How to Train to Be a Writer
"To be an artist, I had to learn to live without money. This was key."
Argentinian writer Samanta Schweblin shares essential lessons on writing which she learned from her grandfather, visual artist Alfredo de Vicenzo: “He called it “the artist’s training”.” Read more …
Every two weeks, Schweblin would join her grandfather on trips discovering museums, theatres, horse races, and everything in between. They would steal things from the Arts and Crafts stores and travel without tickets: “This training was extraordinary,” says Samanta Schweblin and continues: “He said that to be an artist, I had to learn to live without money. This was key.”
The lessons always ended the same way: writing about the day’s adventures in a diary. “There were some things that were not allowed like saying, “I liked it” or “It was nice. Everything had to be expressed with extraordinary precision.” When words failed, Schweblin and her grandfather would open a book by Alfonsina Storni or Walt Whitman and copy lines from poems that would grasp what could not be written by themselves.
While reading the poems aloud for the young writer, the grandfather would shake with an emotion that was hard to understand. Still, Samanta Schweblin explains: “I did understand that whatever was happening to him I wanted to happen to me. It was like a very strong admiration or desire for that passion.”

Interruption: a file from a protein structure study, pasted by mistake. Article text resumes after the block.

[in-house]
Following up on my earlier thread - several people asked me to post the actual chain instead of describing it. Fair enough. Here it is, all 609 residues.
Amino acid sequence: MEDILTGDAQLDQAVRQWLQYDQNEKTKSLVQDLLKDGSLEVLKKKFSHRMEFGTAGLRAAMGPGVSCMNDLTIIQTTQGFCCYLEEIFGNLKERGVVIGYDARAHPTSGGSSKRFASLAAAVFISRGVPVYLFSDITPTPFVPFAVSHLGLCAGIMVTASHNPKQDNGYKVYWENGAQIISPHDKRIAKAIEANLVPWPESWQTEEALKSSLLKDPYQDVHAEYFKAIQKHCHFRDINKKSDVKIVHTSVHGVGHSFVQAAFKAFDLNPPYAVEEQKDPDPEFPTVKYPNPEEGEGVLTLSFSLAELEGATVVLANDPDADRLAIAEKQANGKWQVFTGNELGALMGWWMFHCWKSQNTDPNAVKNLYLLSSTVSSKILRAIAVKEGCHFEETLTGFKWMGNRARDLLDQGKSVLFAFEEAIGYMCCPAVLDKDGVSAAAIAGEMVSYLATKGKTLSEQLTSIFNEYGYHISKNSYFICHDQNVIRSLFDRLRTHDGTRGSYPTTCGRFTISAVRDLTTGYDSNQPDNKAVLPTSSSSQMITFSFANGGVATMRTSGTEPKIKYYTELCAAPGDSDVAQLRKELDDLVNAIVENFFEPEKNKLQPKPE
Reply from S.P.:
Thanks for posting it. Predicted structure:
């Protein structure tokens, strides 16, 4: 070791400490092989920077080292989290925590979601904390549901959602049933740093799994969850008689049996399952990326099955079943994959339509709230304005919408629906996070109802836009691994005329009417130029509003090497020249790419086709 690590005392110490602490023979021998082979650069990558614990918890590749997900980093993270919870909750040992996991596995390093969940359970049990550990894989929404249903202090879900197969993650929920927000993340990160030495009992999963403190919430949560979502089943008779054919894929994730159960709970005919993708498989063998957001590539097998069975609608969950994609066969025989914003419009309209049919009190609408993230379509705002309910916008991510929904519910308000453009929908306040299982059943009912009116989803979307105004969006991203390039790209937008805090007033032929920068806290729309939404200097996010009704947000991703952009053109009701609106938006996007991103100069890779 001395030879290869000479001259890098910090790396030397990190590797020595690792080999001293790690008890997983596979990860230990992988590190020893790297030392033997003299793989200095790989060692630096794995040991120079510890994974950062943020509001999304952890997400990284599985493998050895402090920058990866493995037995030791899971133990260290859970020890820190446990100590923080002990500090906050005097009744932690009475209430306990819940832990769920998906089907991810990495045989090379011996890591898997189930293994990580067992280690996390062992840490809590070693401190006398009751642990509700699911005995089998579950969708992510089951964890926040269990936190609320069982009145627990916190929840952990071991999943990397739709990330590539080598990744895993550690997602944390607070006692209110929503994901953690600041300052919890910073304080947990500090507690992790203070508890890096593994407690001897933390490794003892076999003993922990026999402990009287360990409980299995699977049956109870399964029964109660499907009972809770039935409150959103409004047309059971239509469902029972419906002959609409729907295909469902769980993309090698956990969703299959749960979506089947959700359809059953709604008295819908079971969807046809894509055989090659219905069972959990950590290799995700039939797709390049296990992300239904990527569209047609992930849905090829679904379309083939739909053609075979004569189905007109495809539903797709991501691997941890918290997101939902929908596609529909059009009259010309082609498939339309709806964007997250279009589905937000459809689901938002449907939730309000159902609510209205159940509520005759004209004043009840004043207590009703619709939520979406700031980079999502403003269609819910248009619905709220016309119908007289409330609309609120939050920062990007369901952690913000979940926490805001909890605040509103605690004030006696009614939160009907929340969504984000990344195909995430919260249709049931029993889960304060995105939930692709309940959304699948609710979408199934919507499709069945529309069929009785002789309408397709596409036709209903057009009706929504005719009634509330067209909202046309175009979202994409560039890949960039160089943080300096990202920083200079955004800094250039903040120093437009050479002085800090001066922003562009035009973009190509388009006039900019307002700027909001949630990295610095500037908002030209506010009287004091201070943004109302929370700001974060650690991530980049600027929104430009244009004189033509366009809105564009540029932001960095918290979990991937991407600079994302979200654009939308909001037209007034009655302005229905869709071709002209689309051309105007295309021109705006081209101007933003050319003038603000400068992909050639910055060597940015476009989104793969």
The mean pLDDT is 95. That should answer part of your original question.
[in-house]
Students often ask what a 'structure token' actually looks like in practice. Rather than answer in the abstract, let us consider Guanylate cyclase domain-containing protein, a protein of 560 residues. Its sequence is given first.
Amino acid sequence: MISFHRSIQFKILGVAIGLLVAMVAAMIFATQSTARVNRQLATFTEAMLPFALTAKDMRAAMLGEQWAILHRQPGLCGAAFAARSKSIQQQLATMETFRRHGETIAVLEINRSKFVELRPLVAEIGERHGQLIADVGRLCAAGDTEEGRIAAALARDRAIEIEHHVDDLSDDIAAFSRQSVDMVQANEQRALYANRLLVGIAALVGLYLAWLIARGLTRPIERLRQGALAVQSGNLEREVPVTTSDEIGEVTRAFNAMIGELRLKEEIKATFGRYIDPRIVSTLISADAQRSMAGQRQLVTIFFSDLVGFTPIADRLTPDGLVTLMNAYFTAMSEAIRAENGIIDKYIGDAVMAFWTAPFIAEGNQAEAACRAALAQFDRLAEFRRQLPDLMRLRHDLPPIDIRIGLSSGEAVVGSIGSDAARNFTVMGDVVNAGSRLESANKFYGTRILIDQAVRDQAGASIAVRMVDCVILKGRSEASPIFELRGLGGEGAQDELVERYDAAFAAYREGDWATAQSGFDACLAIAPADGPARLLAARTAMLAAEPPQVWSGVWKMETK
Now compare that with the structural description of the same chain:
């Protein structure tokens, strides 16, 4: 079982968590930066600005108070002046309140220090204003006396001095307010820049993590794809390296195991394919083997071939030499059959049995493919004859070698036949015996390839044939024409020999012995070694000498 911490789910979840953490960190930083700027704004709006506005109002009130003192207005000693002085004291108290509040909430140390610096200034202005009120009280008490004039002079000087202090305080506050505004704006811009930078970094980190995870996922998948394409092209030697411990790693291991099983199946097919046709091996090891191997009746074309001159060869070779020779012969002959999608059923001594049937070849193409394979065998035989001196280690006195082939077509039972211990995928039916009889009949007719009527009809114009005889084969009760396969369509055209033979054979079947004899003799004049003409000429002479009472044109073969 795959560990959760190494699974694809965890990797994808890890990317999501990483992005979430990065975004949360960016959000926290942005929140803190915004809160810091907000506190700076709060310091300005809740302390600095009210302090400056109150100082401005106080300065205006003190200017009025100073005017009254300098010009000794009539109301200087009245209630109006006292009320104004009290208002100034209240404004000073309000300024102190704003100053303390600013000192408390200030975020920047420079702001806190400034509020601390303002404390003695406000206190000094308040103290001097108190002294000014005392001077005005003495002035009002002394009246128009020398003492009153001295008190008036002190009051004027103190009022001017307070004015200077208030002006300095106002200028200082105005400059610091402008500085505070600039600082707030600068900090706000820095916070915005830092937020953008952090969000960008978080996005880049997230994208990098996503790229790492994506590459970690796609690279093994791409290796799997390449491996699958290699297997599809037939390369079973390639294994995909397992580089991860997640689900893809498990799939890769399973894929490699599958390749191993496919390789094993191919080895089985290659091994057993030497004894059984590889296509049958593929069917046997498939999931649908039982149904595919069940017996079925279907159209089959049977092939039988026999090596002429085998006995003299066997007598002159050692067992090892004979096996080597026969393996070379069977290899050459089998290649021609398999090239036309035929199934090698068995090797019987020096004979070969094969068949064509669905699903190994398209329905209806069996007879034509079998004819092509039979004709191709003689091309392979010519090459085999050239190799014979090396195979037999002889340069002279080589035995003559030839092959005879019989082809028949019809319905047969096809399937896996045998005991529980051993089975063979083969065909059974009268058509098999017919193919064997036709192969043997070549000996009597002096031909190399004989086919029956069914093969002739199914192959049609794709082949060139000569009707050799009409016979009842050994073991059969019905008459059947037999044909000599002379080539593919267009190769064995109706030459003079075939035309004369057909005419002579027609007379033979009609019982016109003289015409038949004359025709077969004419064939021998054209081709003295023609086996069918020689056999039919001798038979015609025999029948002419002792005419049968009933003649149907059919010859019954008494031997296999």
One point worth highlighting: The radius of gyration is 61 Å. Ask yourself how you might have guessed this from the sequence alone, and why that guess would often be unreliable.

Samanta Schweblin (b. 1978) is an Argentinian writer. Her first publications – two slim volumes of prose, ‘The Core of the Disturbance’ (2002) and ‘Birds in the Mouth’ (2009) – immediately led to her international breakthrough. Her short story collections have received numerous awards, including the prestigious Juan Rulfo Story Prize. Her original short novel ‘Fever Dream’ (2017, originally published 2014) is her first novel translated into English and was shortlisted for the 2017 Man Booker International Prize. Both Mario Vargas Llosa and the literary magazine Granta have proclaimed Schweblin as one of the most interesting contemporary young Spanish-language writers. She lives and works in Berlin.
Samanta Schweblin was interviewed by Peter Adolphsen at the Louisiana Museum of Modern Art in Denmark in connection with the Louisiana Literature festival in August 2021.
Camera: Rasmus Quistgaard
Edited by: Johan von Bülow
Produced by Christian Lund
Copyright: Louisiana Channel, Louisiana Museum of Modern Art, 2021
Louisiana Channel is supported by Den A.P. Møllerske Støttefond, Ny Carlsbergfondet and C.L. Davids Fond og Samling
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